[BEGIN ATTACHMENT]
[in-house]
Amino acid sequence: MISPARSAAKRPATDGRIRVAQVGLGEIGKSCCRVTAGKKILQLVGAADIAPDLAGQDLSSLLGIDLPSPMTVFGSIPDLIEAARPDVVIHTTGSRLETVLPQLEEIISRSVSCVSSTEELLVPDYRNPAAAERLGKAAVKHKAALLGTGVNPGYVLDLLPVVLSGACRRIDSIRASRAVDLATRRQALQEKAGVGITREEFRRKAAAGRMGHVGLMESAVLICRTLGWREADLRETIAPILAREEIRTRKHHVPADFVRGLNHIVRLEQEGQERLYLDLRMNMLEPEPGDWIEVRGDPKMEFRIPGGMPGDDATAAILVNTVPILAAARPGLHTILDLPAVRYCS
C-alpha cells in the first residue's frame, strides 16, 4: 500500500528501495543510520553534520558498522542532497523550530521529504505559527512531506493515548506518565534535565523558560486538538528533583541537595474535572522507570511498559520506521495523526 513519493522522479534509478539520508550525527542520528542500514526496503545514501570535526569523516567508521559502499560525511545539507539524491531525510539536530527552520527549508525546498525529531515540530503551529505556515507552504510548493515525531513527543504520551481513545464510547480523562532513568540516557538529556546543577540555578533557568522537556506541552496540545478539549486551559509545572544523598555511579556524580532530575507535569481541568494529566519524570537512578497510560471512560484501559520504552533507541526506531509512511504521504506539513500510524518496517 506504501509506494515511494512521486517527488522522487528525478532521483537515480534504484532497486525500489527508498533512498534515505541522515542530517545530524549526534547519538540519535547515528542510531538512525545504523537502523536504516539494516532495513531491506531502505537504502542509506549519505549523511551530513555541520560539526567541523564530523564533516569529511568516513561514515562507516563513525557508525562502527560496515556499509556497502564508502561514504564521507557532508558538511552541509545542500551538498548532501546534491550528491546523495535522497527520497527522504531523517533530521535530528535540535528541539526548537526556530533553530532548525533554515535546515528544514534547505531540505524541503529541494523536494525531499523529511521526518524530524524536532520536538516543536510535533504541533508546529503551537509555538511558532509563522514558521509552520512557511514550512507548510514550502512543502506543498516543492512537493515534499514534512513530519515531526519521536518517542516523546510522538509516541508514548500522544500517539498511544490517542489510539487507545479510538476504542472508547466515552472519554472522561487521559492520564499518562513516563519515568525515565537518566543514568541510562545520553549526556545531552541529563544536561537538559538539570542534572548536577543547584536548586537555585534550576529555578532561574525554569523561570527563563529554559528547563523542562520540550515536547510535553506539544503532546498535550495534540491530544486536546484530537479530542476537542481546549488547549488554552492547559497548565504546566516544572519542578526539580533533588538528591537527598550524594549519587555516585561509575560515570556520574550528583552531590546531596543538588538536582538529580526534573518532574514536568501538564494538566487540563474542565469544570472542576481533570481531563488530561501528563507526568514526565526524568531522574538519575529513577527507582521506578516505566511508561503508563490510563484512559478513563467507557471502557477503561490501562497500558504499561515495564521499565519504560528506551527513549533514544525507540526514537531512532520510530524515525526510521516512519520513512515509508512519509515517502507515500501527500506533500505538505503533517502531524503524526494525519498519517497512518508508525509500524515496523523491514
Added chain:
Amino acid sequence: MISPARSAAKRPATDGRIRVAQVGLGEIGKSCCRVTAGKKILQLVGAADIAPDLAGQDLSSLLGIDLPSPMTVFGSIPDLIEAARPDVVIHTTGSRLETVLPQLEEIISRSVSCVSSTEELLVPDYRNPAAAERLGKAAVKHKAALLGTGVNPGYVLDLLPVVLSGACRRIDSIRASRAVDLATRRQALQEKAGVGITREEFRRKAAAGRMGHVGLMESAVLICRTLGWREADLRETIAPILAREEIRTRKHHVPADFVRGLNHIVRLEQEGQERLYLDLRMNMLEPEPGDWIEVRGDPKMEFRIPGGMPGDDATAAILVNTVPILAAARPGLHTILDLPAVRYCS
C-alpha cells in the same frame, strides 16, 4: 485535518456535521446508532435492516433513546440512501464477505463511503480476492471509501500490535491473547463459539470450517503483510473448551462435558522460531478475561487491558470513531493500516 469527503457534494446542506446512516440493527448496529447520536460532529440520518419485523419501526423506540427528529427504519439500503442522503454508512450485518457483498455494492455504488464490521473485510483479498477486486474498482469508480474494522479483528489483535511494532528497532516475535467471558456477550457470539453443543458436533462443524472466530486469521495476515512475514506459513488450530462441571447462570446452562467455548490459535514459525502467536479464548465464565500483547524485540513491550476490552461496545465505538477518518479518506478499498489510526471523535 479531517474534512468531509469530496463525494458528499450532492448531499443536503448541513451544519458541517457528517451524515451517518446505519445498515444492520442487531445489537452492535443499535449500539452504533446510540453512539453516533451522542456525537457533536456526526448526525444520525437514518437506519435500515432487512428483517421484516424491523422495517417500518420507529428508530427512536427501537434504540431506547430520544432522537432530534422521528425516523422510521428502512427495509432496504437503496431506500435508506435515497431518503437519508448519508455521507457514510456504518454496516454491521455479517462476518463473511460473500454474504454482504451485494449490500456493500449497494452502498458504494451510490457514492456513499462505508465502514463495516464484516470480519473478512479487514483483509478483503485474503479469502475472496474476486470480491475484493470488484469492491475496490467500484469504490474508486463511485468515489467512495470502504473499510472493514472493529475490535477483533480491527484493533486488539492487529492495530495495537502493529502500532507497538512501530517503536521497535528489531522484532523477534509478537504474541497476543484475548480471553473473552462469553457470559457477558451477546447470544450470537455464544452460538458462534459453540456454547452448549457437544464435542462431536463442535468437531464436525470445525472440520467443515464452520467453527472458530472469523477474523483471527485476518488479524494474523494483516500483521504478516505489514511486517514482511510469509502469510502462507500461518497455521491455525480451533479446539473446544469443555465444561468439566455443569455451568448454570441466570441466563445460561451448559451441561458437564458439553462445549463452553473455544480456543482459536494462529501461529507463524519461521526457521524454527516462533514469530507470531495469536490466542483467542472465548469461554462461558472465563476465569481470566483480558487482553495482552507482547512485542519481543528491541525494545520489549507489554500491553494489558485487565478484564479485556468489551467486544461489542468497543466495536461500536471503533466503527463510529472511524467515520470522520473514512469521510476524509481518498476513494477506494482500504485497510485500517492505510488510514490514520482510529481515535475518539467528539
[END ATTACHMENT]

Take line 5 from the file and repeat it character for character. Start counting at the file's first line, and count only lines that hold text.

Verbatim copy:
Amino acid sequence: MISPARSAAKRPATDGRIRVAQVGLGEIGKSCCRVTAGKKILQLVGAADIAPDLAGQDLSSLLGIDLPSPMTVFGSIPDLIEAARPDVVIHTTGSRLETVLPQLEEIISRSVSCVSSTEELLVPDYRNPAAAERLGKAAVKHKAALLGTGVNPGYVLDLLPVVLSGACRRIDSIRASRAVDLATRRQALQEKAGVGITREEFRRKAAAGRMGHVGLMESAVLICRTLGWREADLRETIAPILAREEIRTRKHHVPADFVRGLNHIVRLEQEGQERLYLDLRMNMLEPEPGDWIEVRGDPKMEFRIPGGMPGDDATAAILVNTVPILAAARPGLHTILDLPAVRYCS